How Do Motivational Speakers Affect A Society?
Motivational speakers are people who are able to speak with conviction and motivational ability and who can inspire an audience. They can be political, business or sales oriented, and religiously motivated.
Winston Churchill was such a motivational speaker as he moved millions at home in England and abroad to stand fast in the face of tyranny. Adolf Hitler was also a motivational speaker, as he motivated millions of his countrymen to make war on their neighbors.
It just goes to show that words have meaning and when the proper words are put together in a meaningful way, they can be powerful enough to turn the world upside down.
In business, a good motivational speaker will have the ability to motivate people to see the ‘higher ground’ of what the mission is and how it is to be accomplished. It will be pointed out that each and every person can rise to the occasion and be a part of a cause that transcends just the mediocre and pulls everyone together towards excellence and productivity.
When a speaker talks in a motivational way, he or she will have the ability to have the audience focus on certain aspects about a topic, that perhaps they had not thought of before on their own. The speaker is then able to take a subject that is conceptual in nature, and bring it forward to the present set of circumstances and make it real. The speaker is then able to motivate people to take action because of the various reasons that are important to them, as well as those principles that are important to the organization.
The words of motivational speakers are are words of truth, for they resonate with accuracy in regard to issues and conflicts that are real to the individual listener as they are to the group. When the speaker is finished, there has been a new seed planted, that causes people to want to do something about a problem, an issue or the next step. A good design of a company, a political party, or any organization is to provide that next step in the way of pamphlets, small groups for discussion, or any of a number of ways for people to “take action,'” or at least believe that they are doing so.
Franklin D Roosevelt is an example of this with his famous “fireside chats” he had with the American people during World War II. Here he was able to captivate an entire population with what was going on with the war and his outline for success, even though early on, success seemed far away. These “chats” were really carefully designed speeches that were crafted to give the people confidence, while at the same time to become motivated with the war effort.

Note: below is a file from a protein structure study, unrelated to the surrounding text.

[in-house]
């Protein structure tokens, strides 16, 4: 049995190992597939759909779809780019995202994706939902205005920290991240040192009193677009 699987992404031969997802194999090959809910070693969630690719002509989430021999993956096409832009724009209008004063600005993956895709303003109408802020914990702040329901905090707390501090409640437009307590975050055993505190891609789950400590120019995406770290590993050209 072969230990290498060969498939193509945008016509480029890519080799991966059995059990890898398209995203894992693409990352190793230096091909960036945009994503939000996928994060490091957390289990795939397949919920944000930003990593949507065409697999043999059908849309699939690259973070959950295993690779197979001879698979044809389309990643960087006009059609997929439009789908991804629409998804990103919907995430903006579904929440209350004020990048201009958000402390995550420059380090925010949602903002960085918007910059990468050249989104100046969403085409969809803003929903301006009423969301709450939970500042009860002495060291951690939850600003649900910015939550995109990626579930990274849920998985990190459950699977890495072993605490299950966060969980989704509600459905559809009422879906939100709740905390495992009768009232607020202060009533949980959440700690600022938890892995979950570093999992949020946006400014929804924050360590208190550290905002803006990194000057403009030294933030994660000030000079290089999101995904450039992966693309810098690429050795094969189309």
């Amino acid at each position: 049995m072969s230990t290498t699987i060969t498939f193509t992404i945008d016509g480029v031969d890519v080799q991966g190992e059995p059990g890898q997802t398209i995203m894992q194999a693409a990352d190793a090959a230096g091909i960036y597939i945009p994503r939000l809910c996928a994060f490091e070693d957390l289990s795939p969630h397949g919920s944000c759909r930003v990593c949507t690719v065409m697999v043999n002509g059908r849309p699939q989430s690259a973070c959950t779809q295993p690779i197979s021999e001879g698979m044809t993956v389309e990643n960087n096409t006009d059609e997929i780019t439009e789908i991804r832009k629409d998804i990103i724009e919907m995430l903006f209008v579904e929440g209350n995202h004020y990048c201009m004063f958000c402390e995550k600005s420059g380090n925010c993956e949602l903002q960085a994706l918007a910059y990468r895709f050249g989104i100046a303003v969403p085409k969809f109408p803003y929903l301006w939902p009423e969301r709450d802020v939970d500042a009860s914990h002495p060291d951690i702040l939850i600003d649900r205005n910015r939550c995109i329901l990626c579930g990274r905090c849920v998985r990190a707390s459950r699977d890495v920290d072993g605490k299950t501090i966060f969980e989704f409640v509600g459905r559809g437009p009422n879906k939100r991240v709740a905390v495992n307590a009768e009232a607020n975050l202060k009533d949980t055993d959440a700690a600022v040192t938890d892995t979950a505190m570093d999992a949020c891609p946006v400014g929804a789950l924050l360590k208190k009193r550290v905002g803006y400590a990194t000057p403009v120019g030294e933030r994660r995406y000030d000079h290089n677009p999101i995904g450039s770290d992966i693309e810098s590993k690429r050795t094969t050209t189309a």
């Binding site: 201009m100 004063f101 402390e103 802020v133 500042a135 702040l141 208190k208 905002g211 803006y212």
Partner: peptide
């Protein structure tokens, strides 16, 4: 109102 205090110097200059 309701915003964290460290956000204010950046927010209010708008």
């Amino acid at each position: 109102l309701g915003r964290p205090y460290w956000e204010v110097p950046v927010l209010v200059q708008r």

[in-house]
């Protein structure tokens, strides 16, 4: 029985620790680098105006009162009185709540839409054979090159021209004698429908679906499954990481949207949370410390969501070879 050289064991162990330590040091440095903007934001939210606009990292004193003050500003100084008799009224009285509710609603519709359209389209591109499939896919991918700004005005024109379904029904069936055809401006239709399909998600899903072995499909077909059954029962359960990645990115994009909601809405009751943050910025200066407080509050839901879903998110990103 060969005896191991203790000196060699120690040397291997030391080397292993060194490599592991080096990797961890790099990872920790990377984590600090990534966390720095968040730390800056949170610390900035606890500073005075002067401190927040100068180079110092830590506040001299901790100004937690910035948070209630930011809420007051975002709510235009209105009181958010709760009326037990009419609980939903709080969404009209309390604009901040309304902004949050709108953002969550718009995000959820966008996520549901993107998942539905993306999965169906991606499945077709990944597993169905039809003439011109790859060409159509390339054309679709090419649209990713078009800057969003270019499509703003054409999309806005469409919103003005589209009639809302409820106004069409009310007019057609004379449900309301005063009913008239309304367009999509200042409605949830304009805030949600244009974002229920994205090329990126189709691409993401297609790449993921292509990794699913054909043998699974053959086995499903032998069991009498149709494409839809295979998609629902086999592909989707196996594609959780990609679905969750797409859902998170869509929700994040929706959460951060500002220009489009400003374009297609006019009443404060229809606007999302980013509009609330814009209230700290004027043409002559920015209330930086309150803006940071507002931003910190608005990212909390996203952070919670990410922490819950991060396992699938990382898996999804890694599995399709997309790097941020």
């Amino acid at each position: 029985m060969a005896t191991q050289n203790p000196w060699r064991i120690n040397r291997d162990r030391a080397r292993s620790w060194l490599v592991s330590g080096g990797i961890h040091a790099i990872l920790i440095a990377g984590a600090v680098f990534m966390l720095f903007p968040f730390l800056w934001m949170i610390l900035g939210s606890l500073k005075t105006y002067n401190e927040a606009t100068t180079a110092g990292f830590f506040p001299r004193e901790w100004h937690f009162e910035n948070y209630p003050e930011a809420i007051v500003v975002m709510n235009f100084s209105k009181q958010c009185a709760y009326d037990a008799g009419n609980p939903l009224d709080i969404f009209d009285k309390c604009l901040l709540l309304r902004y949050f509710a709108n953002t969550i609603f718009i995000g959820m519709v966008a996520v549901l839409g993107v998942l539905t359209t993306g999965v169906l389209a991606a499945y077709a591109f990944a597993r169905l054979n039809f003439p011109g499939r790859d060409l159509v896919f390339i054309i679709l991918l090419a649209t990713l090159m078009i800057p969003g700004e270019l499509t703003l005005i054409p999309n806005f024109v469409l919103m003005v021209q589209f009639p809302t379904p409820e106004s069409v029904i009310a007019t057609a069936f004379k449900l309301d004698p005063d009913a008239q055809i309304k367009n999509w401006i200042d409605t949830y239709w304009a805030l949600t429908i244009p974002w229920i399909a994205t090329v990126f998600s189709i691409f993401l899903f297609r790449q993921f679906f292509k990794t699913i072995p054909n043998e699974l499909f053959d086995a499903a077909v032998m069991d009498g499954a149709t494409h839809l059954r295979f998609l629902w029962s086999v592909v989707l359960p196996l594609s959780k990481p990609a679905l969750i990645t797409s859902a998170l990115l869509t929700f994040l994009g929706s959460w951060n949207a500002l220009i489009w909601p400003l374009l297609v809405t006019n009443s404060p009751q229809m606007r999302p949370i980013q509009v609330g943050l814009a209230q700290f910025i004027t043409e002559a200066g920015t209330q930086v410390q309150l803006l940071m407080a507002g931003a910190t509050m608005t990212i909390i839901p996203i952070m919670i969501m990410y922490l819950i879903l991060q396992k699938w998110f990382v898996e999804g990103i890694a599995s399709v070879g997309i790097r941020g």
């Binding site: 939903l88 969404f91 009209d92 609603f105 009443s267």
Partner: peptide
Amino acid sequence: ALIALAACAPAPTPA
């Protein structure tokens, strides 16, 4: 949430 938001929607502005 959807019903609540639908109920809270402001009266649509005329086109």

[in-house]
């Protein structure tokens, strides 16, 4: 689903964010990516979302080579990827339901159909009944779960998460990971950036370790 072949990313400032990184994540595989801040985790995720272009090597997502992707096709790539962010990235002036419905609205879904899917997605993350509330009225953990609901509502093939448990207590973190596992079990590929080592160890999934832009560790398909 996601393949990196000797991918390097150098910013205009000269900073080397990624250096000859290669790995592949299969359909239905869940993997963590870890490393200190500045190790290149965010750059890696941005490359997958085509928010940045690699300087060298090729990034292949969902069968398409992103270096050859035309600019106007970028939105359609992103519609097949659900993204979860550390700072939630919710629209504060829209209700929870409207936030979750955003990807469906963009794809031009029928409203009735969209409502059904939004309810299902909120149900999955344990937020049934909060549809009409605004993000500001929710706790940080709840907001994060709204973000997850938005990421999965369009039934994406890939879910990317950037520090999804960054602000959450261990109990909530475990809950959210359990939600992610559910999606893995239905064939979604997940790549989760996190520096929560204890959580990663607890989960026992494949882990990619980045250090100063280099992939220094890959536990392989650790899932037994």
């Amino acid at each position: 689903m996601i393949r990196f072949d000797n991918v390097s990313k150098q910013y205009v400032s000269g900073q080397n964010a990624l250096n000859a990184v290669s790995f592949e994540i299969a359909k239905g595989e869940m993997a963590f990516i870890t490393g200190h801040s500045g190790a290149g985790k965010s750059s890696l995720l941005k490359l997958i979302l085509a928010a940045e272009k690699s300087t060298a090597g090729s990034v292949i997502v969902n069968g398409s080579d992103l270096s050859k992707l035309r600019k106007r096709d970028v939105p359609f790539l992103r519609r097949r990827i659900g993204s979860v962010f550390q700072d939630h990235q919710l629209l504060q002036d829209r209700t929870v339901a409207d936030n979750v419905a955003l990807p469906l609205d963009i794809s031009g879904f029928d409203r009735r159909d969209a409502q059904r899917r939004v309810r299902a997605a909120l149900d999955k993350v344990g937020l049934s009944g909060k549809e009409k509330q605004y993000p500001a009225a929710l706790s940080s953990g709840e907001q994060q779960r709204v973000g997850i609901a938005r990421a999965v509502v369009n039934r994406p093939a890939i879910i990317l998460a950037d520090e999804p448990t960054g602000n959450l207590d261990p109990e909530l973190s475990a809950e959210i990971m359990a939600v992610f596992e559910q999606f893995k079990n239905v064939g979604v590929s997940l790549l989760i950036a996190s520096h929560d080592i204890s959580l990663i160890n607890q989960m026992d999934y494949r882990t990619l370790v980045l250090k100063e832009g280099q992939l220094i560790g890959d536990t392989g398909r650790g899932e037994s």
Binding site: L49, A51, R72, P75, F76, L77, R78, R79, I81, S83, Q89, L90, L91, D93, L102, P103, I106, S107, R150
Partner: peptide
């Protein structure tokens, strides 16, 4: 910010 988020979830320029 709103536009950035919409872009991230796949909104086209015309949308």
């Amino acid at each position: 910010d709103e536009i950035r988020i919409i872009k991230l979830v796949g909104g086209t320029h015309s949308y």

Winston Churchill is remembered for his famous speech during the bombardment of London by German warplanes, where civilians were killed nightly during the raids. He said that they would never give up or surrender as ‘we will fight them on the beaches, we will fight them in the streets, we will fight them on the plains, and we will never, never, never, never, never give up! His resolve and steadfast attitude of unblinking courage gave his people the fortitude to do just what he spoke about, that of never giving up.
The Gettysburg Address given by Abraham Lincoln after the famous battle that turned the tide of the Civil War, was passed off as an amateurish attempt by contemporaries, but went on to become one of the greatest speeches in history.
The inaugural address of John F. Kennedy when he was first elected President was about as inspirational as they get as he outlined a “New Frontier” of mankind, after years of war and turmoil had left its mark. His fresh optimism gave people hope that better things were on the horizon.
During the times before the Revolutionary War in America, there were many speeches and oratorical moments, but none so gripping as the one that Patrick Henry gave in Virginia as he voiced his opposition to the notorious “Stamp Act” where Great Britain imposed a tax on every thing from newspapers to anything written. His “give me liberty or give me death” speech had a lot to do with the sentiment of the people, and their will to stand for for their rights.
Martin Luther King in his famous speech on civil rights, given a full century after the emancipation proclamation, spoke about the importance of a person’s character being more valuable than the color of their skin. The motivation that came from this speech was a prime factor in the civil rights movement overall, along with legislation that was passed to secure those rights.
The greatest of motivational speakers of all time was Jesus Christ when he gave The Sermon On the Mount which was by all accounts, the most quoted and widely discussed speeches in the history of mankind. It was in essence, Jesus explaining how we can live a life that is dedicated and pleasing to God without hypocrisy, that exhibits love and wisdom.
There lies with the heart of every man, woman and child, the desire to do the right thing. Words are very powerful containers full of meaning that can direct us towards good, or direct us towards evil. The human race has seen speakers and orators who have directed us in both paths with results following in accordance with the intent of the speaker.
Therefore, it is evident that words of motivation must be discerned and decisions must be made by the hearer as to the application of such speeches in life of the hearer. In life, there are certain moral truths that always work out to a predictable end in every case. The motivation that follows the right path will lead people to a positive and abundant end. The motivation from speeches that are geared towards the wrong motives, will lead people to undesirable ends and destruction.
Speakers are responsible for many of the results that we have seen as a society, and it is relevant that we realize the importance of such influence.